Show me the money!Harmony options
I RECENTLY accepted an offer by Harmony gold mine to purchase my Lydex (Lydenburg Exploration) shares for a cash payment of R10 each, plus an issue of Harmony options for every 100 Lydex shares I held. I have been paid for the shares and have received the options certificate.
Now I am somewhat confused.
Nick Downing of Appleton Asset Managers responds: The holder of Harmony options is entitled to purchase ordinary shares in Harmony at the "exercise price" of R60 a share at any time before the "expiry date" of the options.
(When you own shares you own part of the company; when you buy options, however, you own the option to buy shares in the future.)
At the close of business on Tuesday, July 15, the options were trading at R5.80 and the ordinary shares at R21.60. Given these prices, it is not economical to exercise your option because the shares can be bought in the market at a sizeable discount (at R21.60).
Why then pay R5.80 for the option?
Although they are not "in the money" (this is where the current share price is higher than the exercise price and a profit can be made), they nonetheless offer value.
Firstly, they provide "gearing" in that any price movement in the underlying ordinary shares will result in an amplified price movement in the options.
Second, they offer the investor exposure to the same underlying assets, but with a reduced capital outlay.
Third, the options are traded, meaning the investor does not have to exercise them to realise the investment (options can be bought or sold without actually buying the shares).
Options do, however, have a limited life. As the expiry date approaches, the "time value" runs out and therefore the likelihood of the options moving "into the money". The gearing, however, increases and so there will still be value in the options.
The fall in the option price has been amplified because of the gearing of the investment.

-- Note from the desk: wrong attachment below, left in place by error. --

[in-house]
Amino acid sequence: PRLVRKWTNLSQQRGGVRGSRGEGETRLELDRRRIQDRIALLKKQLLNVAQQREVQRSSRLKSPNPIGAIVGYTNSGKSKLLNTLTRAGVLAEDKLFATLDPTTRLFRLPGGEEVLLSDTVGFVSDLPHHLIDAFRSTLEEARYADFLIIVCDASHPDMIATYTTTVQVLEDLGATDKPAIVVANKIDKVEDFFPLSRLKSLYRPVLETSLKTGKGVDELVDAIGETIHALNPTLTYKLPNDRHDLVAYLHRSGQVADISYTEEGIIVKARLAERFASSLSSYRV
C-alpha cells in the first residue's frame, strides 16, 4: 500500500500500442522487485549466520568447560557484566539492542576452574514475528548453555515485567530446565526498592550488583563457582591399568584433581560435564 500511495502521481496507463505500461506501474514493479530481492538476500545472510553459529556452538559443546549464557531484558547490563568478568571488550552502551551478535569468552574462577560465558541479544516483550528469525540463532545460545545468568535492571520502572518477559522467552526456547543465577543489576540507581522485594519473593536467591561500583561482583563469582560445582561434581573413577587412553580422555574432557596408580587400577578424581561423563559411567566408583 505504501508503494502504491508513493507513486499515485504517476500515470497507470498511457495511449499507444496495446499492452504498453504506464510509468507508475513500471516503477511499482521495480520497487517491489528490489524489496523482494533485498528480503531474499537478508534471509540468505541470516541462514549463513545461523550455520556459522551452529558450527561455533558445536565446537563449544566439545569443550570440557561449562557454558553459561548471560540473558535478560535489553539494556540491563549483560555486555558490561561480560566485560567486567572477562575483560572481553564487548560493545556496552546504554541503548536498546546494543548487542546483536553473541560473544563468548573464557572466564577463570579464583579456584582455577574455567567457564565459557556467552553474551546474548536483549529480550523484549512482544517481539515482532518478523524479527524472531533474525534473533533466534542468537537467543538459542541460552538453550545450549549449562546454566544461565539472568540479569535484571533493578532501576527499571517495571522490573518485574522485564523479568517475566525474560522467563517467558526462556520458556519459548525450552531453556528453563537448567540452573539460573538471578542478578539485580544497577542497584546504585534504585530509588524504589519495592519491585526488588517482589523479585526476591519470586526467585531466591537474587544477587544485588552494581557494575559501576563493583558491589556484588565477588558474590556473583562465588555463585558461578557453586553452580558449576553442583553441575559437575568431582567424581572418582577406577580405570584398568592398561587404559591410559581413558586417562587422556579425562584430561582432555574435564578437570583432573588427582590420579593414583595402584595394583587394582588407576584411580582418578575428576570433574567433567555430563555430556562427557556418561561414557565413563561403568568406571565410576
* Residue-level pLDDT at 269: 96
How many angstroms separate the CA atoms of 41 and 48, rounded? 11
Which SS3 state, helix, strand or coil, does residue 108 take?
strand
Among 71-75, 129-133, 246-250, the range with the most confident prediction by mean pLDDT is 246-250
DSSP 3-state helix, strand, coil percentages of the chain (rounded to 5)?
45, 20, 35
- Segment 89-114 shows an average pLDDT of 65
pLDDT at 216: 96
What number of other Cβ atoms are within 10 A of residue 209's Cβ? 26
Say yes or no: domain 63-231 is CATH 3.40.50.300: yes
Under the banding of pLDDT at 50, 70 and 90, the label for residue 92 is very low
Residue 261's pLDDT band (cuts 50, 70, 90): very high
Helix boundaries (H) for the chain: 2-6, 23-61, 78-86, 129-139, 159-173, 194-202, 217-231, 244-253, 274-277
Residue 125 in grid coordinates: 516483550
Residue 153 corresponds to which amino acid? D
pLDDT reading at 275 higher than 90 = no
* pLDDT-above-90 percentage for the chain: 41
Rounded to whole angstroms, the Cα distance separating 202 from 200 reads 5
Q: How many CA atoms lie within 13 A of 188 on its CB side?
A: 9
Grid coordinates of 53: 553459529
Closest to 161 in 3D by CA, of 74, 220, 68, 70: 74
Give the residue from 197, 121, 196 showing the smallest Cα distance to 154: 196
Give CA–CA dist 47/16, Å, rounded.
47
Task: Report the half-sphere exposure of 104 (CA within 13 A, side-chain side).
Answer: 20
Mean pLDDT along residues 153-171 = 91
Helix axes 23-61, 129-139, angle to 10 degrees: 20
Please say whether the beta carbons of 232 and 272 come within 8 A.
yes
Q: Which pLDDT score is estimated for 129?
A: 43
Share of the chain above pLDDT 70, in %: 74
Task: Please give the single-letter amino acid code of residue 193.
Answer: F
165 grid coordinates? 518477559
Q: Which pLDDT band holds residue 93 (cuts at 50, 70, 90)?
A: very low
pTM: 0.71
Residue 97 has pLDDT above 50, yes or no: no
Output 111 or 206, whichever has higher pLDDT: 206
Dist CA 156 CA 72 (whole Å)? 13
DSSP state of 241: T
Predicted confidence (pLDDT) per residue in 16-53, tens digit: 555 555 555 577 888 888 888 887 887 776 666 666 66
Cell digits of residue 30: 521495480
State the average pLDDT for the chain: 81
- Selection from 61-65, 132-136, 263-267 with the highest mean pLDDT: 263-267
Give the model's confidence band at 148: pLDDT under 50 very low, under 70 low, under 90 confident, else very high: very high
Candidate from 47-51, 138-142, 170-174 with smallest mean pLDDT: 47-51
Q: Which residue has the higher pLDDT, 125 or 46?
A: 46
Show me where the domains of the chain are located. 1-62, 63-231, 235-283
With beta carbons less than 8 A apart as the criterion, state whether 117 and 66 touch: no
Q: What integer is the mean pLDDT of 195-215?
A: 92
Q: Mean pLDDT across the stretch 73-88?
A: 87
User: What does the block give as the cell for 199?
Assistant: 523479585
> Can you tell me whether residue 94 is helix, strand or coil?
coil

I AM A recently qualified doctor in hospital practice (state) and completed a tax return for the first time for the 1996/97 tax year. I gave my sisters and parents various amounts this year, totalling about R20 000.
I would like to know if this amount is tax deductible. I have read that gifts/donations of up to R25 000 can be deducted from tax, with amounts in excess of that being taxed at 25%. Is that correct?
Beric Croome of Kessel Feinstein responds: A taxpayer is allowed to make donations of up to R25 000 per tax year without donations tax being payable on them.
It is important to disclose the fact that you have made donations in your income tax return, as the return requires information on the donated amounts (as well as the person to whom the donations were made).
Where donations are made in excess of R25 000, donations tax at the rate of 25% is payable.
It must be pointed out, however, that donations are not deductible for income tax purposes unless they are to educational funds approved by the Commissioner of Inland Revenue. Donations to universities or other educational organisations, for example, would be deductible, but only where the donation does not exceed the greater of either R500 or 2% of your taxable income.
Donations made to family members are therefore not deductible for tax purposes, but are not liable to donations tax as long as the amounts donated do not exceed R25 000 per tax year.
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